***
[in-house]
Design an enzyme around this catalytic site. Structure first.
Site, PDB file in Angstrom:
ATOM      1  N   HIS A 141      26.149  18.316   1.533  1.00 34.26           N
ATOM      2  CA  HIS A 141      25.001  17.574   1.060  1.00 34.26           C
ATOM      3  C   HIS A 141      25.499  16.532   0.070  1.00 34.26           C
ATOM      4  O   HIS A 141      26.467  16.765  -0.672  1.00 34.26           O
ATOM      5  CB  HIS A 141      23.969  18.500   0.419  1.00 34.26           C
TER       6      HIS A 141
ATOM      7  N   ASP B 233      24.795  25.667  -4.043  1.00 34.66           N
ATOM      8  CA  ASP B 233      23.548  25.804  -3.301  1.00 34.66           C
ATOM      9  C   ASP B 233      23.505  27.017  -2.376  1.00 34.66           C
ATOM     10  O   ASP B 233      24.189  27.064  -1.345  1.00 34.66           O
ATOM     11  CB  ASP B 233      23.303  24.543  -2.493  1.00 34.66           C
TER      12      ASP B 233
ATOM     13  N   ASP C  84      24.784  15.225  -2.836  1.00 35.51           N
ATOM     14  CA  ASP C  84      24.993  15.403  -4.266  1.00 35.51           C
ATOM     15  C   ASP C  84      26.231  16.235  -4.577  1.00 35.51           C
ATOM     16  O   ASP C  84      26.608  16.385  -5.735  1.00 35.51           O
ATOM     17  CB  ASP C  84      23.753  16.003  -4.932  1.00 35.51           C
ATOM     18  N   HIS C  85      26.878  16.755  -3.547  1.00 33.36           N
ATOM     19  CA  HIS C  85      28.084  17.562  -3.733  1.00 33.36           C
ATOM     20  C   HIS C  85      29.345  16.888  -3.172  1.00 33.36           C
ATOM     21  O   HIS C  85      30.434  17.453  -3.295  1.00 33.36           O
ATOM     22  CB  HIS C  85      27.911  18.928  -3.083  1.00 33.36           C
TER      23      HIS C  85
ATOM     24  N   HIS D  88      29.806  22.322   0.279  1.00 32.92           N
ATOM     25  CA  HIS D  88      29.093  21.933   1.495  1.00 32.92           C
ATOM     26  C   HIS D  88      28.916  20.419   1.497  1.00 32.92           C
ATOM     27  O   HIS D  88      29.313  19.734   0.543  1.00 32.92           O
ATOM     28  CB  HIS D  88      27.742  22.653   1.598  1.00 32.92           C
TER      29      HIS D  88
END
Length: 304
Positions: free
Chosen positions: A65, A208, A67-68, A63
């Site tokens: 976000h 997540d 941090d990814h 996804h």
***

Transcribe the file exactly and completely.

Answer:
[in-house]
Design an enzyme around this catalytic site. Structure first.
Site, PDB file in Angstrom:
ATOM      1  N   HIS A 141      26.149  18.316   1.533  1.00 34.26           N
ATOM      2  CA  HIS A 141      25.001  17.574   1.060  1.00 34.26           C
ATOM      3  C   HIS A 141      25.499  16.532   0.070  1.00 34.26           C
ATOM      4  O   HIS A 141      26.467  16.765  -0.672  1.00 34.26           O
ATOM      5  CB  HIS A 141      23.969  18.500   0.419  1.00 34.26           C
TER       6      HIS A 141
ATOM      7  N   ASP B 233      24.795  25.667  -4.043  1.00 34.66           N
ATOM      8  CA  ASP B 233      23.548  25.804  -3.301  1.00 34.66           C
ATOM      9  C   ASP B 233      23.505  27.017  -2.376  1.00 34.66           C
ATOM     10  O   ASP B 233      24.189  27.064  -1.345  1.00 34.66           O
ATOM     11  CB  ASP B 233      23.303  24.543  -2.493  1.00 34.66           C
TER      12      ASP B 233
ATOM     13  N   ASP C  84      24.784  15.225  -2.836  1.00 35.51           N
ATOM     14  CA  ASP C  84      24.993  15.403  -4.266  1.00 35.51           C
ATOM     15  C   ASP C  84      26.231  16.235  -4.577  1.00 35.51           C
ATOM     16  O   ASP C  84      26.608  16.385  -5.735  1.00 35.51           O
ATOM     17  CB  ASP C  84      23.753  16.003  -4.932  1.00 35.51           C
ATOM     18  N   HIS C  85      26.878  16.755  -3.547  1.00 33.36           N
ATOM     19  CA  HIS C  85      28.084  17.562  -3.733  1.00 33.36           C
ATOM     20  C   HIS C  85      29.345  16.888  -3.172  1.00 33.36           C
ATOM     21  O   HIS C  85      30.434  17.453  -3.295  1.00 33.36           O
ATOM     22  CB  HIS C  85      27.911  18.928  -3.083  1.00 33.36           C
TER      23      HIS C  85
ATOM     24  N   HIS D  88      29.806  22.322   0.279  1.00 32.92           N
ATOM     25  CA  HIS D  88      29.093  21.933   1.495  1.00 32.92           C
ATOM     26  C   HIS D  88      28.916  20.419   1.497  1.00 32.92           C
ATOM     27  O   HIS D  88      29.313  19.734   0.543  1.00 32.92           O
ATOM     28  CB  HIS D  88      27.742  22.653   1.598  1.00 32.92           C
TER      29      HIS D  88
END
Length: 304
Positions: free
Chosen positions: A65, A208, A67-68, A63
């Site tokens: 976000h 997540d 941090d990814h 996804h």